Systemic arteriovenous fistulae for end-stage cyanosis after cavopulmonary connection: A useful bridge to transplantation

Edward J. Hickey, Abdullah A. Alghamdi, Maryam Elmi, Khalid S. Al-Najashi, Glen S. Van Arsdell, Christopher A. Caldarone, John Coles, William G. Williams

Research output: Contribution to journalArticlepeer-review

13 Scopus citations


Objective: Intractable cyanosis after partial or complete cavopulmonary connection may rarely be managed by creating a systemic arteriovenous fistula. We investigated the long-term performance of arteriovenous fistulae. Methods: All 21 patients who received an arteriovenous fistula at The Hospital for Sick Children since the 1950s were investigated using parametric competing risk techniques. Primary arteriovenous fistula indication was (1) suboptimal pulmonary blood flow (N = 15) or (2) pulmonary shunting via pulmonary arteriovenous malformations (N = 6). Arteriovenous fistula longevity was determined by time to "occlusion" (absence of arteriovenous fistula flow via surgical ligation or spontaneous occlusion). Results: All 21 patients had previously undergone second-stage palliation (Glenn shunt = 13; bidirectional shunt = 9). Five patients had undergone Fontan completion. Death in the presence of a functioning arteriovenous fistula occurred in 5 patients. Patients with bidirectional shunts had a significantly higher risk of death with a functioning arteriovenous fistula in situ (P = .04). High hemoglobin concentrations were associated with best outcome, and levels less than 170 g/L were associated with a high risk of death despite a functioning arteriovenous fistula (P < .01). Arteriovenous fistula occlusion occurred in 10 patients. Earlier occlusion was associated with previous Fontan completion (P = .02) and pulmonary arteriovenous malformations (P = .03). Surgical ligation during cardiac transplantation was the cause of occlusion in 7 patients. In these 7 patients, the arteriovenous fistula functioned for a median of 4.8 years. After transplantation, survival was 67% ± 19% at 5 years. Overall survival was 73% ± 10% 15 years after receiving an arteriovenous fistula (longest survival, 27.3 years). Conclusion: In patients with adequate hematocrit, arteriovenous fistula offers an effective bridge to transplantation when a high-risk Fontan procedure is deferred. Performance is best after unidirectional cavopulmonary connection and worse in the presence of pulmonary arteriovenous malformations. Survival is 75% at 15 years, despite being considered end stage.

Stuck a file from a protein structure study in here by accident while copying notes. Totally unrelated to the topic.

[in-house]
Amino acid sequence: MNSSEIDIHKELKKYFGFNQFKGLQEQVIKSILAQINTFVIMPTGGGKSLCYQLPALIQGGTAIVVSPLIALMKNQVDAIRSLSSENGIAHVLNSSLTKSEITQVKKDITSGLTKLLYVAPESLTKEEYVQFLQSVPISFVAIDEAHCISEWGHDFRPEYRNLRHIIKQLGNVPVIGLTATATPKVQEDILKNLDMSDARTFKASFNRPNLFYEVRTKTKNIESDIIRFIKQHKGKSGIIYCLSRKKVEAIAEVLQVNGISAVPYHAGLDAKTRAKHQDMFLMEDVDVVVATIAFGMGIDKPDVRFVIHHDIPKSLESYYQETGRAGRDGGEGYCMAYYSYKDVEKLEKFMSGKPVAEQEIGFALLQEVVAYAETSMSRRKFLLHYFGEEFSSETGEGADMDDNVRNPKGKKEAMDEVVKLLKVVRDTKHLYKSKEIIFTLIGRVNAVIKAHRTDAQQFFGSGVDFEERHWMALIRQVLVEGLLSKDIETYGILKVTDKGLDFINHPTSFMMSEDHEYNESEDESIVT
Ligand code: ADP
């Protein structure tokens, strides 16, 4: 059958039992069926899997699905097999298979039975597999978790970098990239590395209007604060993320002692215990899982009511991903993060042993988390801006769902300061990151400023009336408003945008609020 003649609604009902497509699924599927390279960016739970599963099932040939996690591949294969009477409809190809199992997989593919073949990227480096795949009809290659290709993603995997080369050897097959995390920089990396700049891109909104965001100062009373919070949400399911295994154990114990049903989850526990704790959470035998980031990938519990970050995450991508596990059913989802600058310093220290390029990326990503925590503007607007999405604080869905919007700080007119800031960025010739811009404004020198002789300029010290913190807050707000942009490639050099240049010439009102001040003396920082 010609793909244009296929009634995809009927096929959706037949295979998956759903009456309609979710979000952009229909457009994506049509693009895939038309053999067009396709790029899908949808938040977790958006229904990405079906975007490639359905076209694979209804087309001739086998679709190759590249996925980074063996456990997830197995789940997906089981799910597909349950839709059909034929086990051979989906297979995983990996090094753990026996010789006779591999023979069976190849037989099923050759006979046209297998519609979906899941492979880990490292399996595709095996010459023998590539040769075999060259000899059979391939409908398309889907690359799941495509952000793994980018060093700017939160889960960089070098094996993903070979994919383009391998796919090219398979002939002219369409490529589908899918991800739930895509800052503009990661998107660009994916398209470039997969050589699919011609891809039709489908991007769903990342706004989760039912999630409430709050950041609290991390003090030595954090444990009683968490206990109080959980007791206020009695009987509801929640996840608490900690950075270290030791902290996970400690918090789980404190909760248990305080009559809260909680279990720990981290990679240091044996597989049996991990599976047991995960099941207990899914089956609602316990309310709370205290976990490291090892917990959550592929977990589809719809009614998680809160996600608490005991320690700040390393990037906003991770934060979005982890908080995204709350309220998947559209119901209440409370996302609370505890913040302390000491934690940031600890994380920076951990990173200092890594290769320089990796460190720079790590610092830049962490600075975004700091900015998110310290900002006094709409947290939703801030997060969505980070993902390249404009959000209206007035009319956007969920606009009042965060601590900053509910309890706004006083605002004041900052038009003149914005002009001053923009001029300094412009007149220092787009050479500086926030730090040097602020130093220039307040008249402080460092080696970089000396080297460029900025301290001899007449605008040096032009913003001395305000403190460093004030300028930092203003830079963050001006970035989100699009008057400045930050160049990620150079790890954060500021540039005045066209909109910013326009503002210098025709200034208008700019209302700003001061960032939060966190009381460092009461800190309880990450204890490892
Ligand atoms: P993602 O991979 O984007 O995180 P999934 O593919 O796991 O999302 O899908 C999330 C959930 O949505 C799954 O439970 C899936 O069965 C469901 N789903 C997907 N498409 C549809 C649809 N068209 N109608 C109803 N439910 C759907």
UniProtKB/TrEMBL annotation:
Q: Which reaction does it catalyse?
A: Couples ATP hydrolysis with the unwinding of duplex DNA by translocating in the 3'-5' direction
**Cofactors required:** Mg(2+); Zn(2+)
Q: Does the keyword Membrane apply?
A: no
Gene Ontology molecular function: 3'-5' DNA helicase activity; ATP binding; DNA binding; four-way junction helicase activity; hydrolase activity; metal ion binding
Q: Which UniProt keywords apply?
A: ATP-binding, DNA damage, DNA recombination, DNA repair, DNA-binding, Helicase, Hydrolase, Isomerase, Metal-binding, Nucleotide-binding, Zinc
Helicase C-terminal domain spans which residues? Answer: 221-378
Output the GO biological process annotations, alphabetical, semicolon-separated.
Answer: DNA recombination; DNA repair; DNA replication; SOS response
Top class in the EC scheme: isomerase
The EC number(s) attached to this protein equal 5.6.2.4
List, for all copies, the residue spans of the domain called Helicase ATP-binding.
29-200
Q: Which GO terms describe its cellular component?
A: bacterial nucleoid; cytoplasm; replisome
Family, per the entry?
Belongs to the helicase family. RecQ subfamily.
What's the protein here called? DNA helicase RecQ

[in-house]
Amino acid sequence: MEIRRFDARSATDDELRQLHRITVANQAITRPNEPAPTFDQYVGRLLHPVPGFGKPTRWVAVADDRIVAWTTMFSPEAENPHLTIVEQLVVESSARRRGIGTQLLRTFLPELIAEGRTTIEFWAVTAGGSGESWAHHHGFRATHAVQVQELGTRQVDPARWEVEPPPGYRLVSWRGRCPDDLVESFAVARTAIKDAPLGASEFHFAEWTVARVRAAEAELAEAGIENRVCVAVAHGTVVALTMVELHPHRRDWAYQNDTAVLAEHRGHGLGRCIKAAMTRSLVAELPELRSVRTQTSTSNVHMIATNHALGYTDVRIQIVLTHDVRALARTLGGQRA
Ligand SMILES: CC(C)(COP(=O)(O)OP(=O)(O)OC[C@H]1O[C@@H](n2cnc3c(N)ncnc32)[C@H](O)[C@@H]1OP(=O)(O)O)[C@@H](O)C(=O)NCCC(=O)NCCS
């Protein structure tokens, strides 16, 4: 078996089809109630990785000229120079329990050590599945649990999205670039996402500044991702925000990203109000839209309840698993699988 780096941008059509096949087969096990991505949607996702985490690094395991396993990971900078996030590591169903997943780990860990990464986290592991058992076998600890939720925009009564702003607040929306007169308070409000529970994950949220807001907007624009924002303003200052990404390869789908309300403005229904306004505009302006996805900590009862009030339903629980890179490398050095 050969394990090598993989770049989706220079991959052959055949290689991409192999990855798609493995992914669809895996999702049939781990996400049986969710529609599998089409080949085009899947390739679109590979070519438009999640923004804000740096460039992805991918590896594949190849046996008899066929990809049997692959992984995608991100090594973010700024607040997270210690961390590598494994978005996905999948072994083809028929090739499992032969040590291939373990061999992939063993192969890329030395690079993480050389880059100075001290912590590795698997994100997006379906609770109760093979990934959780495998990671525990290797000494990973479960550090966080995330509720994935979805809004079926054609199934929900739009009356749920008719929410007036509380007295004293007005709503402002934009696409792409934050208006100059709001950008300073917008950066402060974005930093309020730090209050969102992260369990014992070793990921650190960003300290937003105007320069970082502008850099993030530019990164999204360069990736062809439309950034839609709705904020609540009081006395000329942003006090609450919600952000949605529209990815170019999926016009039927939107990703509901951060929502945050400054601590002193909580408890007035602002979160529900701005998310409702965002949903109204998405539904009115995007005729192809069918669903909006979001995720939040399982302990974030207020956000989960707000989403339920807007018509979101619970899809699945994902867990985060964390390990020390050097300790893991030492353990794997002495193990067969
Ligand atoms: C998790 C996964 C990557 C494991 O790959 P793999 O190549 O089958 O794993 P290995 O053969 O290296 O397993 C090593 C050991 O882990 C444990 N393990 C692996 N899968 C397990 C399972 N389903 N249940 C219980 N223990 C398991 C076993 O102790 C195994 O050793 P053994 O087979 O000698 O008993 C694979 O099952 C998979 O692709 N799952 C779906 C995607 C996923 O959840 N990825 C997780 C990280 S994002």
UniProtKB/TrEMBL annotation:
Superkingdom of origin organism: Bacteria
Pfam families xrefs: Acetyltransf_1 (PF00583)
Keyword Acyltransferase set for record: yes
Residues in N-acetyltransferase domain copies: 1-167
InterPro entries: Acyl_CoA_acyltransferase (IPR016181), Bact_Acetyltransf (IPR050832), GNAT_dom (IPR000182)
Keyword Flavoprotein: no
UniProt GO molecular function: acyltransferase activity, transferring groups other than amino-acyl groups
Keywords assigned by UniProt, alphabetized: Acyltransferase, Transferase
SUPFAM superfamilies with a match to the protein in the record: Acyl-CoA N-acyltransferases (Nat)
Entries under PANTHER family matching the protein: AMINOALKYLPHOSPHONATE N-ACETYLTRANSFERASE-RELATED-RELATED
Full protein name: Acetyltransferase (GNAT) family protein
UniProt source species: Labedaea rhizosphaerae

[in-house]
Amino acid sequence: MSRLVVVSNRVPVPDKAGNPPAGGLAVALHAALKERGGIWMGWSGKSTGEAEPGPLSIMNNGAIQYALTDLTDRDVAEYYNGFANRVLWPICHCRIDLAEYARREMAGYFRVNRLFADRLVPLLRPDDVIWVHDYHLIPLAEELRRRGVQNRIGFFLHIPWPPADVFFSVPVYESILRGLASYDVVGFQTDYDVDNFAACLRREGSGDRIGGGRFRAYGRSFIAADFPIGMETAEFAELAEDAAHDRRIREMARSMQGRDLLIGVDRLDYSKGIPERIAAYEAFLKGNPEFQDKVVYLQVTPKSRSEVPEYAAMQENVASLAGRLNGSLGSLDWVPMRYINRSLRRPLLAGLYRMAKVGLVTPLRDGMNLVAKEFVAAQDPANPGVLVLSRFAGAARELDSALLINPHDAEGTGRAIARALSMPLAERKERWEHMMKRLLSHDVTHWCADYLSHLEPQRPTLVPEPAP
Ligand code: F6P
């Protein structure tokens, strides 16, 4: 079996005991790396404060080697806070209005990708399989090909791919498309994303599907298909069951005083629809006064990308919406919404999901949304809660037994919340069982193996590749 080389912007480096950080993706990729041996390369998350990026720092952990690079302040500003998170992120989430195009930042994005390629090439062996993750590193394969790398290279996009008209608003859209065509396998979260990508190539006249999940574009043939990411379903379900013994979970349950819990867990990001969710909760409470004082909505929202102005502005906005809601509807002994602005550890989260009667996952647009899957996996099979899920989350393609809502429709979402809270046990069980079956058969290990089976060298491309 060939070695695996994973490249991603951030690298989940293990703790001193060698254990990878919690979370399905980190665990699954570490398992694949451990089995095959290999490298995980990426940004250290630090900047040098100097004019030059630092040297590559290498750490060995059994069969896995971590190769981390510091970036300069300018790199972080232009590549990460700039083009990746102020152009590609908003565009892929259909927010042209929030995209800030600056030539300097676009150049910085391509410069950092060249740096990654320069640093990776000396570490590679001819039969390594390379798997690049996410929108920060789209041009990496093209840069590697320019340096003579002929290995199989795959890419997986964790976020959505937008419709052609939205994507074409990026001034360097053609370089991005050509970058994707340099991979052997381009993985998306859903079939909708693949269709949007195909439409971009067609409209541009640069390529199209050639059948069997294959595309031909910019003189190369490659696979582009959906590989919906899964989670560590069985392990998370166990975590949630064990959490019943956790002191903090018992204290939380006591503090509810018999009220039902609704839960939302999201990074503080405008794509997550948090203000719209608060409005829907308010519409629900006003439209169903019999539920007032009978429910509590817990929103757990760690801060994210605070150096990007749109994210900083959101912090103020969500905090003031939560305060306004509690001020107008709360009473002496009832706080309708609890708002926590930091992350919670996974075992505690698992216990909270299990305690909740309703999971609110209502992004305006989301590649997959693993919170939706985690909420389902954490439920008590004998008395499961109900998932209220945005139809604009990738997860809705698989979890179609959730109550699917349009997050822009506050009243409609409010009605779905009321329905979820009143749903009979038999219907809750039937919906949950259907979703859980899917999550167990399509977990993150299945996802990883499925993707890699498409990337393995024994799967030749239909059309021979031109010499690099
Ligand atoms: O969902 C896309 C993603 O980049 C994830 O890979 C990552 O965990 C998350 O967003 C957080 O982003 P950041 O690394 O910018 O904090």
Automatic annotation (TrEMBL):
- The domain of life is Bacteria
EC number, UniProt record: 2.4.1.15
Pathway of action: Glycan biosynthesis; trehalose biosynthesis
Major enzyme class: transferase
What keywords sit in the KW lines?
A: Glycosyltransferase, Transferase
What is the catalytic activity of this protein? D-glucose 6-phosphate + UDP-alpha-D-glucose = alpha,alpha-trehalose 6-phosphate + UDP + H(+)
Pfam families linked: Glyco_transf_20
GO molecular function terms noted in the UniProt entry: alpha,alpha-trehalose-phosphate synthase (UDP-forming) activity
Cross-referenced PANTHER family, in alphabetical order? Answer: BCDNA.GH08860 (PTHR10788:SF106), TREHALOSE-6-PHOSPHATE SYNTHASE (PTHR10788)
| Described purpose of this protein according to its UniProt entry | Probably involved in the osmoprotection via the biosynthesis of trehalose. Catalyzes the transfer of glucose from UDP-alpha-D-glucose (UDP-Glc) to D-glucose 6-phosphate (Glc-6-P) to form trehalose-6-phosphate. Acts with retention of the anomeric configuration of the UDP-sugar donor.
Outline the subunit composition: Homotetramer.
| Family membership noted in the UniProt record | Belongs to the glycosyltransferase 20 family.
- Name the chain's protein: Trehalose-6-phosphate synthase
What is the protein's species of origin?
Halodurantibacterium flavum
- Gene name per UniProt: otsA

Original languageEnglish (US)
Pages (from-to)128-134.e1
JournalJournal of Thoracic and Cardiovascular Surgery
Issue number1
StatePublished - Jan 2010
Externally publishedYes

ASJC Scopus subject areas

  • Surgery
  • Pulmonary and Respiratory Medicine
  • Cardiology and Cardiovascular Medicine


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